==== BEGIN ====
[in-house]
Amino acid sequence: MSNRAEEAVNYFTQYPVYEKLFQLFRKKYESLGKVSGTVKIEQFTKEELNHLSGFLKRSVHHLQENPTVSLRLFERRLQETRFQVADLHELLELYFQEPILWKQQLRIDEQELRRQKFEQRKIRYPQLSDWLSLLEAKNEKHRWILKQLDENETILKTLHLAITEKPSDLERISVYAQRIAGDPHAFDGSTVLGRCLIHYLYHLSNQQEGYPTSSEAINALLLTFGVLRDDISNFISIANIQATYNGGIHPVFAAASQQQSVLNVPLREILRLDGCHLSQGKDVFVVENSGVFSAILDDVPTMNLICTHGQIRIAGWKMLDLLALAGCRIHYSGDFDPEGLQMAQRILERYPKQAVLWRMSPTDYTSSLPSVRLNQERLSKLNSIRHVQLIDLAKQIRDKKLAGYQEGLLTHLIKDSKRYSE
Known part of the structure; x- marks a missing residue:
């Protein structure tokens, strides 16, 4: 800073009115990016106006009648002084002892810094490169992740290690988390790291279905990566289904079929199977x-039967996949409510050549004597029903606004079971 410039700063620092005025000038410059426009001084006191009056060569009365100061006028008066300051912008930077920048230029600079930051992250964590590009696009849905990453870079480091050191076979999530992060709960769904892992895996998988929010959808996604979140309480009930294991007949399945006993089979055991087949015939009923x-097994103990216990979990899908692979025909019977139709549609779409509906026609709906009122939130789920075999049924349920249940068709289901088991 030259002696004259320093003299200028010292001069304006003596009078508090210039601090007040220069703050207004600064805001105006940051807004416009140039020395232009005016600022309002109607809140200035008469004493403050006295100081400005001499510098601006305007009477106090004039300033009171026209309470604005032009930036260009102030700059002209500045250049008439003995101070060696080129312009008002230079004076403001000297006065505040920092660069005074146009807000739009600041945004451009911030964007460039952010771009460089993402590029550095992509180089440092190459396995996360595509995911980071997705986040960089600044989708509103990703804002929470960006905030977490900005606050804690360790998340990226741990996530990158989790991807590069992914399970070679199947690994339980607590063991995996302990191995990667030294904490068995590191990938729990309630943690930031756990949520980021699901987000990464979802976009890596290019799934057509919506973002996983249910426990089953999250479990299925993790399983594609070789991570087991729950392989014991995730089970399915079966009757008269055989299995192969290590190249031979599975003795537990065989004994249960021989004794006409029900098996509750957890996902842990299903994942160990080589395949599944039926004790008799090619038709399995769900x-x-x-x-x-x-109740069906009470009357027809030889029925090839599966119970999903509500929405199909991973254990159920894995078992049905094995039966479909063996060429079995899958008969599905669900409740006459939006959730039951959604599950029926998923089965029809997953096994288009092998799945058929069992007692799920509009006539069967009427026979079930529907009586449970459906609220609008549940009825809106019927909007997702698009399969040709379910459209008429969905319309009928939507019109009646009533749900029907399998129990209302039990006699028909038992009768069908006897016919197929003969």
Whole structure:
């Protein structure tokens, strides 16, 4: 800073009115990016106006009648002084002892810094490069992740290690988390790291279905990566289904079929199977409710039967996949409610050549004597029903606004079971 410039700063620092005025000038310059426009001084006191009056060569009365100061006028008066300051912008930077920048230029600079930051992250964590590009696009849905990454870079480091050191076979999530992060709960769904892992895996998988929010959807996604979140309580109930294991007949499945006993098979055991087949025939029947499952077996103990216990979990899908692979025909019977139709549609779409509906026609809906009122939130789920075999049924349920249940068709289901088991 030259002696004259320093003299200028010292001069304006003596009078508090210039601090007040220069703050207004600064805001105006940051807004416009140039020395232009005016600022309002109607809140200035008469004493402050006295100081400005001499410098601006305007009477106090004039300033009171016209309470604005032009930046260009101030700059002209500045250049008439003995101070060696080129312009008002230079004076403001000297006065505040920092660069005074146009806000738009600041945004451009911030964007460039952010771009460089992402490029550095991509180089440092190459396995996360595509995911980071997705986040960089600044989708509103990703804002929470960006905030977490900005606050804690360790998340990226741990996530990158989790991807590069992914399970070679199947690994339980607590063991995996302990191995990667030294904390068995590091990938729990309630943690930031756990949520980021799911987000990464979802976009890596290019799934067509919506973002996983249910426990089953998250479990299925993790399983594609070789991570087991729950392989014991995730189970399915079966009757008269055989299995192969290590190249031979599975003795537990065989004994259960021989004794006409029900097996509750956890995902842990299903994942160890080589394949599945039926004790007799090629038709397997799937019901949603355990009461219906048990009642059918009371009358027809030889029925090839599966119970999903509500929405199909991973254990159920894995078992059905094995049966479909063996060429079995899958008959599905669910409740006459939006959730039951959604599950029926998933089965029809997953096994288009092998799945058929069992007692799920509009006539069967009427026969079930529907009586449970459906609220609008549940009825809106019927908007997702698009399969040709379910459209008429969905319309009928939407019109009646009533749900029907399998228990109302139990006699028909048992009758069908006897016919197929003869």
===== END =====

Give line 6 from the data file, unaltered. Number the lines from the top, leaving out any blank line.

């Protein structure tokens, strides 16, 4: 800073009115990016106006009648002084002892810094490069992740290690988390790291279905990566289904079929199977409710039967996949409610050549004597029903606004079971 410039700063620092005025000038310059426009001084006191009056060569009365100061006028008066300051912008930077920048230029600079930051992250964590590009696009849905990454870079480091050191076979999530992060709960769904892992895996998988929010959807996604979140309580109930294991007949499945006993098979055991087949025939029947499952077996103990216990979990899908692979025909019977139709549609779409509906026609809906009122939130789920075999049924349920249940068709289901088991 030259002696004259320093003299200028010292001069304006003596009078508090210039601090007040220069703050207004600064805001105006940051807004416009140039020395232009005016600022309002109607809140200035008469004493402050006295100081400005001499410098601006305007009477106090004039300033009171016209309470604005032009930046260009101030700059002209500045250049008439003995101070060696080129312009008002230079004076403001000297006065505040920092660069005074146009806000738009600041945004451009911030964007460039952010771009460089992402490029550095991509180089440092190459396995996360595509995911980071997705986040960089600044989708509103990703804002929470960006905030977490900005606050804690360790998340990226741990996530990158989790991807590069992914399970070679199947690994339980607590063991995996302990191995990667030294904390068995590091990938729990309630943690930031756990949520980021799911987000990464979802976009890596290019799934067509919506973002996983249910426990089953998250479990299925993790399983594609070789991570087991729950392989014991995730189970399915079966009757008269055989299995192969290590190249031979599975003795537990065989004994259960021989004794006409029900097996509750956890995902842990299903994942160890080589394949599945039926004790007799090629038709397997799937019901949603355990009461219906048990009642059918009371009358027809030889029925090839599966119970999903509500929405199909991973254990159920894995078992059905094995049966479909063996060429079995899958008959599905669910409740006459939006959730039951959604599950029926998933089965029809997953096994288009092998799945058929069992007692799920509009006539069967009427026969079930529907009586449970459906609220609008549940009825809106019927908007997702698009399969040709379910459209008429969905319309009928939407019109009646009533749900029907399998228990109302139990006699028909048992009758069908006897016919197929003869």